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Monday, November 20, 2017
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Gigaba to fast-track porn law

Deputy Home Affairs Minister Malusi Gigaba intends to fast-track the passage of a yet-to-be drafted law that will compel Internet service providers (ISP) to filter content provided to users to ensure it does not contain any pornography.

The South African Press Association reports the Film and Publication Board (FPB), an agency of the dysfunctional Department of Home Affairs, held a symposium this week to look at ways of protecting children from porn. "Despite recent amendments of the law and other efforts to stop the devastating effect on children of their access to pornography, it's not enough," FPB legal affairs manager Dumisani Rorwana said in a statement yesterday. "The law as it stands is not working, so we've no choice but to take it to the next level."

Technology had advanced to a point where ISPs would be able to filter out around 95% of the content in a "highly cost-effective way", he said. Similar programmes to safeguard children from pornography were currently in place in China, Singapore and the United Arab Emirates. "We expect resistance from those who claim the freedom to access pornography as a fundamental right," Rorwana said.

"However, it is well established in legal circles that the rights of children are paramount. By comparison, viewing pornography remains a peripheral right." Gigaba would now meet with his counterparts at Cabinet level to determine where the bill would best fit. The symposium also agreed on the need to block certain gaps in the broadcasters' code that had seen instances of "unsuitable content being aired during the past few months going unpunished", Rorwana said.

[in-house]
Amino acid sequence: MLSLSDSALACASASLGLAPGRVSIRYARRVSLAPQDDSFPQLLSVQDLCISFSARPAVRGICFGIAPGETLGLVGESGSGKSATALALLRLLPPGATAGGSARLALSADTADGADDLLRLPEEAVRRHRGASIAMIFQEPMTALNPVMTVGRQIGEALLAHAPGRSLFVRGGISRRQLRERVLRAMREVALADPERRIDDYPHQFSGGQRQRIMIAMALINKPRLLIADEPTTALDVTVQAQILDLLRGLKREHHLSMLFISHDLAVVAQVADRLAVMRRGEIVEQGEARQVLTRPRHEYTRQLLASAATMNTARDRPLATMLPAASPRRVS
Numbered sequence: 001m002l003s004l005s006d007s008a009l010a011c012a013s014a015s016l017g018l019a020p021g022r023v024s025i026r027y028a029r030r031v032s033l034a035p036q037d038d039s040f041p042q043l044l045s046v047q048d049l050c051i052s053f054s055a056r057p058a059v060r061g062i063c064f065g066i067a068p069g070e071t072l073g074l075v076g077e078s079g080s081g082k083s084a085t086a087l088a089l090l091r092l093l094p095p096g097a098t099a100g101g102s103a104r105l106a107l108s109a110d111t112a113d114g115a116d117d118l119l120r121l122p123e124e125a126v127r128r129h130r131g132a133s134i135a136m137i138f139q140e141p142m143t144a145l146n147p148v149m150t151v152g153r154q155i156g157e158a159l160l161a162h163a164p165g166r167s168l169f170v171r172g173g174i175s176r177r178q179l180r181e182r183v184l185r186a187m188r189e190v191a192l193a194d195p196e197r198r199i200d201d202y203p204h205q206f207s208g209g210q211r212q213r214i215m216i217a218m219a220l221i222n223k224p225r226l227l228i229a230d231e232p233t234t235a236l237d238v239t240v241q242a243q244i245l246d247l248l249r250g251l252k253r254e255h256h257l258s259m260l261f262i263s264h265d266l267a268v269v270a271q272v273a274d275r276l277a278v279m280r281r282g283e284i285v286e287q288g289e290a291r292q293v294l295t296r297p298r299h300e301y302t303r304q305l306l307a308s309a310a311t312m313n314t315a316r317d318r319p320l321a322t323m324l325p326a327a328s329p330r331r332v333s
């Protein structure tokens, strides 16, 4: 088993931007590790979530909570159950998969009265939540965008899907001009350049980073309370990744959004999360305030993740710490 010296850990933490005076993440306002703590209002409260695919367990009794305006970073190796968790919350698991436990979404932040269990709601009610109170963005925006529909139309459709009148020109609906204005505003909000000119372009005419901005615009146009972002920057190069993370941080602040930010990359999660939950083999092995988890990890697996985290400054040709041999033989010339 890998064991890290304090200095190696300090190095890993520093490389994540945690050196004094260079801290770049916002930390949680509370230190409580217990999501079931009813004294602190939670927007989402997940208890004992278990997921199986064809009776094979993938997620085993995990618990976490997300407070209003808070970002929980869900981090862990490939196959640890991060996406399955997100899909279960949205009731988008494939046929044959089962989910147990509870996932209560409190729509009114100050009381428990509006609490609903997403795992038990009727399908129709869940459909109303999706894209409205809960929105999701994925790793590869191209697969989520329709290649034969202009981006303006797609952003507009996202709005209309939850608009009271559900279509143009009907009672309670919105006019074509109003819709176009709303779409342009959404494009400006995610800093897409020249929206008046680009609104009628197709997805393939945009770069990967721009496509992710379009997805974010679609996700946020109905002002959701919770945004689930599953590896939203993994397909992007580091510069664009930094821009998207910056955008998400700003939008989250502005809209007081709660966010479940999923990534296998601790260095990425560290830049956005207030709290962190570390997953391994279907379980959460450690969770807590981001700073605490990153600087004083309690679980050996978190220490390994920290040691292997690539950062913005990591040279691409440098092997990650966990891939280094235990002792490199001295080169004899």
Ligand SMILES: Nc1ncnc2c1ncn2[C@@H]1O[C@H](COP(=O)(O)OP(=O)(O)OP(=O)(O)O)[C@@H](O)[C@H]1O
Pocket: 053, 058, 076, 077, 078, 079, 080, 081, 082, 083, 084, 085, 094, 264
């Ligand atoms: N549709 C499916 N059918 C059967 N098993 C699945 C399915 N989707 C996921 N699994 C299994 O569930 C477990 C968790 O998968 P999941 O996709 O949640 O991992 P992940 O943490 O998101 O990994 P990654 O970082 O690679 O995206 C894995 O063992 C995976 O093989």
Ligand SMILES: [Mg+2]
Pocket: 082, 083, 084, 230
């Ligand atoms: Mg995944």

The Freedom of Expression Institute (FXI) in response says not all alternative solutions to protecting children from pornography over the Internet or cellphones have been adequately explored. Executive director Ayesha Kajee says blanket bans on the spread of pornography only serve to criminalise it and push it underground where it is even harder to control.

Kajee says while the Constitution does have a clause that limits freedom of expression, “the clause also states that other less restrictive remedies should be looked at”. These alternative remedies should be the use of hardware and software control measures by parents to restrict their children's access to pornography, that children's cellphones are actively blocked from receiving porn, and that the possibility of some kind of user code to verify age is placed on adult sites.

“Blanket bans and pushing the responsibility to block porn on a third party does not work,” Kajee says.
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